Today’s blog is for my mother, Diana, whose birthday it is. In honour of that I have selected a case from 100 years before her birth – I hope she likes it
In 1840 the River Thames was crammed with shipping. Merchant vessels brought goods in and out of the London docks from all over the world. The docks continued to supply the former Empire until the late 1980s when they were largely demolished and turned into ‘yuppie’ housing. The docks moved out of London but continue to employ around 30,000 people, it is maintained by the Port of London Authority.
Given the huge amount of goods coming in and out of the docks pilfering, embezzlement and other forms of theft have been a constant problem for the warehouse owners, shipping companies and dock police. Dockers considered themselves entitled by custom to help themselves to plugs of tobacco, the sweepings of coal, or a tot or two of rum or brandy and this was very hard to police.
The state has also found it hard to stop individuals or companies from avoiding the tax levied on certain imported goods (such as alcohol or tobacco) and in May 1840 the issue of smuggling came to the Thames Police Court.
John Rutherford, a ship’s carpenter on an East India ship (the Earl of Hardwick) [pictured below] was charged with having 27lb of tobacco on which tax had not been paid.
Rutherford pleaded ‘not guilty’, as well he might because the penalty for his offence was set at £100, a huge amount for 1840. Unfortunately for Rutherford it would seem he was on what we might call ‘a sticky wicket’. A Customs officer had boarded the ship and searched the carpenter’s room. There he had found that the store room had been adapted with false panels in the wall for concealing goods. In addition the carpenter’s berth on deck had also been customised: the life buoy was formed of two casks, the heads of which had been knocked out, and appeared to have contained cigars.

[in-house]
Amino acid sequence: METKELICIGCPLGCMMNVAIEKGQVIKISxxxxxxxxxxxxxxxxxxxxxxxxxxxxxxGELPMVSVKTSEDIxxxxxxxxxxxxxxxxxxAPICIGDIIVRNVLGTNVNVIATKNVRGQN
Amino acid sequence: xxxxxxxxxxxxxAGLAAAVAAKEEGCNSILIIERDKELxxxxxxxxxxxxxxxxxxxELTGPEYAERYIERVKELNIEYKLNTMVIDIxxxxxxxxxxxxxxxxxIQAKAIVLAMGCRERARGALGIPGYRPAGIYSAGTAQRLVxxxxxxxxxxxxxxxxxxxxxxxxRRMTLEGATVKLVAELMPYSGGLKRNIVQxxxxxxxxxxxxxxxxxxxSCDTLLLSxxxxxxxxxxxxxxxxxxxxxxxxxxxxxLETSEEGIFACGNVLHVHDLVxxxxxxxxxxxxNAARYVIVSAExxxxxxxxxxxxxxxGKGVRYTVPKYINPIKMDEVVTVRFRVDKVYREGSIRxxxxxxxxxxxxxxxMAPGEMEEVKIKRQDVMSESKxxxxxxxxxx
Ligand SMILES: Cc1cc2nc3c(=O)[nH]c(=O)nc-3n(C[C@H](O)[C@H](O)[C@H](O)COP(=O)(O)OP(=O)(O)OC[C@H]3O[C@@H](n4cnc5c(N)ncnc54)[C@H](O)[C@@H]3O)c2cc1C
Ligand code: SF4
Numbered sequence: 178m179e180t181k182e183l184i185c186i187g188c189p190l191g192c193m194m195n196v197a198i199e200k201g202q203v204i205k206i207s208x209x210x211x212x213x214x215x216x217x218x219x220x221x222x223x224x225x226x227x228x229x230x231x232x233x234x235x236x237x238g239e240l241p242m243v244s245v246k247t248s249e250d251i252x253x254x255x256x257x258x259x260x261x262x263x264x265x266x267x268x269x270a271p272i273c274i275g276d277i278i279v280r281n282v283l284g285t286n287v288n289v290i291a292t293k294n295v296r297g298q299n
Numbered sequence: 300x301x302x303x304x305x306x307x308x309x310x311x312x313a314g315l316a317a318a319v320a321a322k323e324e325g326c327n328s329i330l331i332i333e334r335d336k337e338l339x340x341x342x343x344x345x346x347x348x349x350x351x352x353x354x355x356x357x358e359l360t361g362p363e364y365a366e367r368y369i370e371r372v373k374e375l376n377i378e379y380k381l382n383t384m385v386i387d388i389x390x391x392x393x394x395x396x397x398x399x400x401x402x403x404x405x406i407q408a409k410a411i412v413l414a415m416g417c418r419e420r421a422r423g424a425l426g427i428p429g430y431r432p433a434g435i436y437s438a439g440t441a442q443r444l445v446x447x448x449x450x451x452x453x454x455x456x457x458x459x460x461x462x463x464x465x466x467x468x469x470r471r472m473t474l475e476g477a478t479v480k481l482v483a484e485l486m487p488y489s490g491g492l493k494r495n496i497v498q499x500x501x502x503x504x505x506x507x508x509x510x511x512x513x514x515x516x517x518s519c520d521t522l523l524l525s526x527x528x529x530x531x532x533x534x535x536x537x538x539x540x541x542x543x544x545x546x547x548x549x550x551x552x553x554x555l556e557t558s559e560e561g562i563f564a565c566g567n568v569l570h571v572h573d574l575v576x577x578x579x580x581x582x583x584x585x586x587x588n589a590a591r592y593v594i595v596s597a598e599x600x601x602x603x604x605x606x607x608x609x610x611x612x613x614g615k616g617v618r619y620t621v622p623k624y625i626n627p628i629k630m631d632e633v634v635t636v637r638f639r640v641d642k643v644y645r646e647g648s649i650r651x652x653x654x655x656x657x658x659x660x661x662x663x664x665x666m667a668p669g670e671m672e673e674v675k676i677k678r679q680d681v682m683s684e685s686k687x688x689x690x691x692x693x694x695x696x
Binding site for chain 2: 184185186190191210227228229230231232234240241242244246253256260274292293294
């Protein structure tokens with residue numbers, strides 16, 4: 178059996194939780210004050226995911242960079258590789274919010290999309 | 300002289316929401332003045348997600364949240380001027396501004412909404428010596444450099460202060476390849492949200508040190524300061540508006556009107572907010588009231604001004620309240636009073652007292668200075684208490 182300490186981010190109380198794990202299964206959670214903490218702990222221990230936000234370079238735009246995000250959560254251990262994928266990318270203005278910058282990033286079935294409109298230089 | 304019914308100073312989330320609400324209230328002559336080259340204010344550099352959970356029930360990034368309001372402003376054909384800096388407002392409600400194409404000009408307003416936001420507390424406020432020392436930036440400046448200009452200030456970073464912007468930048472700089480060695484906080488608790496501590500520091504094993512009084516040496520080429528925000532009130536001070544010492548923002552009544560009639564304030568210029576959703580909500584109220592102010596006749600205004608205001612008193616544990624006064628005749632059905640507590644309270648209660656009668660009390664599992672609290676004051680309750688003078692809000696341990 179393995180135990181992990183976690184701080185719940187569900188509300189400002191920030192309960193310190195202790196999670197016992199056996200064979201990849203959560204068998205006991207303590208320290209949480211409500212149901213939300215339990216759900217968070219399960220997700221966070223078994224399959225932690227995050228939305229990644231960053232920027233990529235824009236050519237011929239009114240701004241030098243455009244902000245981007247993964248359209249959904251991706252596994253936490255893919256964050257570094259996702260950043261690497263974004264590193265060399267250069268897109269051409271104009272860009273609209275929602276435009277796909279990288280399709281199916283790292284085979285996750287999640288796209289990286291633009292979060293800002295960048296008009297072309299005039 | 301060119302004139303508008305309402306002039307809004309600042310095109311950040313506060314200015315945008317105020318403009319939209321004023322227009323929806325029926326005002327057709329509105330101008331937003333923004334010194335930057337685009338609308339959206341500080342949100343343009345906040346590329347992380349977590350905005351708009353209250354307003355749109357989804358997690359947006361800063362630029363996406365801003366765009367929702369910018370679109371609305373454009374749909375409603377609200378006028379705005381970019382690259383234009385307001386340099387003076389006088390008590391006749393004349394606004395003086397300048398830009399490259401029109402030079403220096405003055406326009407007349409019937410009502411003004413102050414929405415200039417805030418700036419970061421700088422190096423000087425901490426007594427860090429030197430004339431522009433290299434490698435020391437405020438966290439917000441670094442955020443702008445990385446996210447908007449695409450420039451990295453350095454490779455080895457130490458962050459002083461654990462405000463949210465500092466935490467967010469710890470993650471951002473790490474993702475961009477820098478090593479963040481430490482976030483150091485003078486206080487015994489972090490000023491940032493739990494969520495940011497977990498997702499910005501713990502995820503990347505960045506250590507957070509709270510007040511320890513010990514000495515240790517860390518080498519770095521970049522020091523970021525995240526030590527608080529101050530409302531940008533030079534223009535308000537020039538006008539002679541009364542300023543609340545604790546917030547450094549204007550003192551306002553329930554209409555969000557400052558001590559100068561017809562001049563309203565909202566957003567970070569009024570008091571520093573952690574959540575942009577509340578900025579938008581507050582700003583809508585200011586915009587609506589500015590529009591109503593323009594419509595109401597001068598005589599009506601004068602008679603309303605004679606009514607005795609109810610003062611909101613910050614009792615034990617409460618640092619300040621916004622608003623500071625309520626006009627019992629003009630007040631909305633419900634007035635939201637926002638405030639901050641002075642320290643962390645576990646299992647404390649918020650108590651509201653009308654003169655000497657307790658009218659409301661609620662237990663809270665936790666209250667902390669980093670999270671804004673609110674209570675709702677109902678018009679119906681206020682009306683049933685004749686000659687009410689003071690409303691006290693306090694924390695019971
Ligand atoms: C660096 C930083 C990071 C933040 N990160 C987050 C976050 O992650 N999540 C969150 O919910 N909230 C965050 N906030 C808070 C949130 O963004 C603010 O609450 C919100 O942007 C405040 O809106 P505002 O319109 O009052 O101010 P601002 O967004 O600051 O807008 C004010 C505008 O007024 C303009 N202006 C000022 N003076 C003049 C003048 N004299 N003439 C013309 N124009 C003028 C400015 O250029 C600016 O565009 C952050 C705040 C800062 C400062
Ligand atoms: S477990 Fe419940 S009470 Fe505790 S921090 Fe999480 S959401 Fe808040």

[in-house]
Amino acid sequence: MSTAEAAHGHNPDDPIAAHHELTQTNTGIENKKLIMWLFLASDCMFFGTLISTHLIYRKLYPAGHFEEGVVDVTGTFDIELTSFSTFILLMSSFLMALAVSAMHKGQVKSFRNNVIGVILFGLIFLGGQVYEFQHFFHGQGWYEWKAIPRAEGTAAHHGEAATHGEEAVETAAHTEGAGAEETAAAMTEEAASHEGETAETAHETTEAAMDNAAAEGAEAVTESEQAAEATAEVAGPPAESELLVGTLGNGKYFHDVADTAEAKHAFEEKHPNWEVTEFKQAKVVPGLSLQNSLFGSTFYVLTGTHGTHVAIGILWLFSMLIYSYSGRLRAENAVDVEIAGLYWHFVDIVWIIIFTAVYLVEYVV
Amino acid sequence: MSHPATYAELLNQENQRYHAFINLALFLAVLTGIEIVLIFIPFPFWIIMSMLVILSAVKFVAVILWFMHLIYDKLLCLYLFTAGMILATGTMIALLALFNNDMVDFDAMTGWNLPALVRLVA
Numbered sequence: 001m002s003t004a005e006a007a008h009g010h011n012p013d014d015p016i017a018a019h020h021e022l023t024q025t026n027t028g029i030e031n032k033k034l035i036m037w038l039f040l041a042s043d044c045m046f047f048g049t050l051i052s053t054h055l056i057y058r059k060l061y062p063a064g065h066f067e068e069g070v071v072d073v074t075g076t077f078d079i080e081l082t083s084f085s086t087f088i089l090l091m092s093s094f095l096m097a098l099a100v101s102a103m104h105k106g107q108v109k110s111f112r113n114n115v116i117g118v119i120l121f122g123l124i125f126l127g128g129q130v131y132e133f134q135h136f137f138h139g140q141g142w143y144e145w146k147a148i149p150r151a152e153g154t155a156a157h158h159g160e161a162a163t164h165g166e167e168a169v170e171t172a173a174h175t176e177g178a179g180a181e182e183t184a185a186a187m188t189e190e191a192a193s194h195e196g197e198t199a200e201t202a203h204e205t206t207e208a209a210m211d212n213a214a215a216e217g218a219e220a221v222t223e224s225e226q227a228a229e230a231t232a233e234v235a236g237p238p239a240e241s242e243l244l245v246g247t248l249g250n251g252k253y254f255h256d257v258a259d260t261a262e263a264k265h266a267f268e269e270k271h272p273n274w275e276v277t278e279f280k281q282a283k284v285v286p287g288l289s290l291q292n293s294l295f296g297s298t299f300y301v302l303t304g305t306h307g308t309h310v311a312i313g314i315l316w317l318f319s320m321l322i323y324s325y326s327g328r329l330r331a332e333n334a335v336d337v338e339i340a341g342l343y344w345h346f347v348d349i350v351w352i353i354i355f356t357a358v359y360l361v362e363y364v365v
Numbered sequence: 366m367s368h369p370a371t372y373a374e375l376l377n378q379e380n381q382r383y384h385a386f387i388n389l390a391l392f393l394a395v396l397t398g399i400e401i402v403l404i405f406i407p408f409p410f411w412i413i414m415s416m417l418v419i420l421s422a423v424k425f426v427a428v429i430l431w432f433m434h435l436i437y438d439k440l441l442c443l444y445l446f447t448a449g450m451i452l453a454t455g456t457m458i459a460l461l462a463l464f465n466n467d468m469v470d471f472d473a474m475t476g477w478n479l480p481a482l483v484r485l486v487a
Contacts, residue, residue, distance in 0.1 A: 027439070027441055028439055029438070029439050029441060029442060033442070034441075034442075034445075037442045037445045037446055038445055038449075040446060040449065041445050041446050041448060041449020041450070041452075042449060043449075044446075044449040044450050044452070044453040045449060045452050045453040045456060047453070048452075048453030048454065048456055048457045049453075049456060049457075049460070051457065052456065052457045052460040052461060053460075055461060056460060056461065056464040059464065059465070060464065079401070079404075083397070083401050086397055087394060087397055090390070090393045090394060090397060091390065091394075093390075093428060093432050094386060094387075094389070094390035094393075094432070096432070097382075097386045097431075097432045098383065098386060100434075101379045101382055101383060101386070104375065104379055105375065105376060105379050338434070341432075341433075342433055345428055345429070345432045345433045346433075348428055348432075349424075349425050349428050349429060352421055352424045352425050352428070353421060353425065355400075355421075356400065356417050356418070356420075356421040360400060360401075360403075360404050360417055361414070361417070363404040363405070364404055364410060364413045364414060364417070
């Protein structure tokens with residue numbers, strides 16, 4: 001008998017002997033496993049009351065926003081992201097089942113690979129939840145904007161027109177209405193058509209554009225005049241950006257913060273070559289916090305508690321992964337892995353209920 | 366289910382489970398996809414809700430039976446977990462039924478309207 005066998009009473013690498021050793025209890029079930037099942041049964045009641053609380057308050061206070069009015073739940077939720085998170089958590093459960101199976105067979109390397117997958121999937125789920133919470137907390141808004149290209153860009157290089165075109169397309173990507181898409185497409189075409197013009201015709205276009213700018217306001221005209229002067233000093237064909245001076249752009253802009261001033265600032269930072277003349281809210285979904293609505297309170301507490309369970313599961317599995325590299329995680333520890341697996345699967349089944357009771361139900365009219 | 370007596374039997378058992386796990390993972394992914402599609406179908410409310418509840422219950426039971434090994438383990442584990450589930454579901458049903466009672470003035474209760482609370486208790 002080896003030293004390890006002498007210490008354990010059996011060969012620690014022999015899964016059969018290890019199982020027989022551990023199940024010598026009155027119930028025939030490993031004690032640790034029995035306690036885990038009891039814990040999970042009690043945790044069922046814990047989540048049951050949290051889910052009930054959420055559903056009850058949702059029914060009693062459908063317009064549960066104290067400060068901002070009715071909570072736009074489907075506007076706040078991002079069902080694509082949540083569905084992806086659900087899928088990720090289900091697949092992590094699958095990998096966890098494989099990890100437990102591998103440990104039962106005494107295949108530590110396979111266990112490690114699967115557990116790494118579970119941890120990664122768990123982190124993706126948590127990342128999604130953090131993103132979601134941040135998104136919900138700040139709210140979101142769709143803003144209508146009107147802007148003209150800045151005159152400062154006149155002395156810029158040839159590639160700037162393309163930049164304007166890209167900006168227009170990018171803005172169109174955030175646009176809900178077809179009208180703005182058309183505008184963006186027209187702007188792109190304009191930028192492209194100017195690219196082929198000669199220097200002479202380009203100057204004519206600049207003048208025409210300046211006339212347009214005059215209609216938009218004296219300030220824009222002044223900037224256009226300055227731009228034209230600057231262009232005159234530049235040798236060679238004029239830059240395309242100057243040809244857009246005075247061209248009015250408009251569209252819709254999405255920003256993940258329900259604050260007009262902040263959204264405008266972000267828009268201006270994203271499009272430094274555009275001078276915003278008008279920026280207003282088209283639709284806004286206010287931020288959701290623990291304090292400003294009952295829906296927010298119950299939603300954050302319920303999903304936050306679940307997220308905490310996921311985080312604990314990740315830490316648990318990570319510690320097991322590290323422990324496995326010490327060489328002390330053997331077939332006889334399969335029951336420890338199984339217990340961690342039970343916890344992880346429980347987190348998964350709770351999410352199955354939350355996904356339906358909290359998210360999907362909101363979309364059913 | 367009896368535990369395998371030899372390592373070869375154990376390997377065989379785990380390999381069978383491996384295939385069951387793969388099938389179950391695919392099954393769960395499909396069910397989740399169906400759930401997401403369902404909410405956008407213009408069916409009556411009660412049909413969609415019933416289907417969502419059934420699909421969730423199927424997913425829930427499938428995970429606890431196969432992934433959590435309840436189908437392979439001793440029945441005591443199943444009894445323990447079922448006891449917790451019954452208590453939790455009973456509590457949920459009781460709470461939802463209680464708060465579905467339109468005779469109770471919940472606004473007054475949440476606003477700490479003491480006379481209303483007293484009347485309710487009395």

The officer found 27lbs of tobacco, along with a quantity of cheroots and cigars. He confirmed that they were of a ‘foreign manufacture’ and ‘liable to a duty of 9 shilling in the pound’.
It didn’t stop there. The ship’s cook – William Wilson – was also accused. The Custom’s officer had searched his berth and found tobacco, cigars and cheroots in a false back to a cupboard. In fact the officer suggested that they could have charged the entire crew with smuggling offenses but chose only to make examples of the worst offenders.
Both men were ordered to pay the duty and to remain in prison until they had done so.In Rutherford’s case it was his second offence; presumably the rewards of smuggling outweighed the risks of getting caught.
[from The Morning Chronicle , Wednesday, May 20, 1840]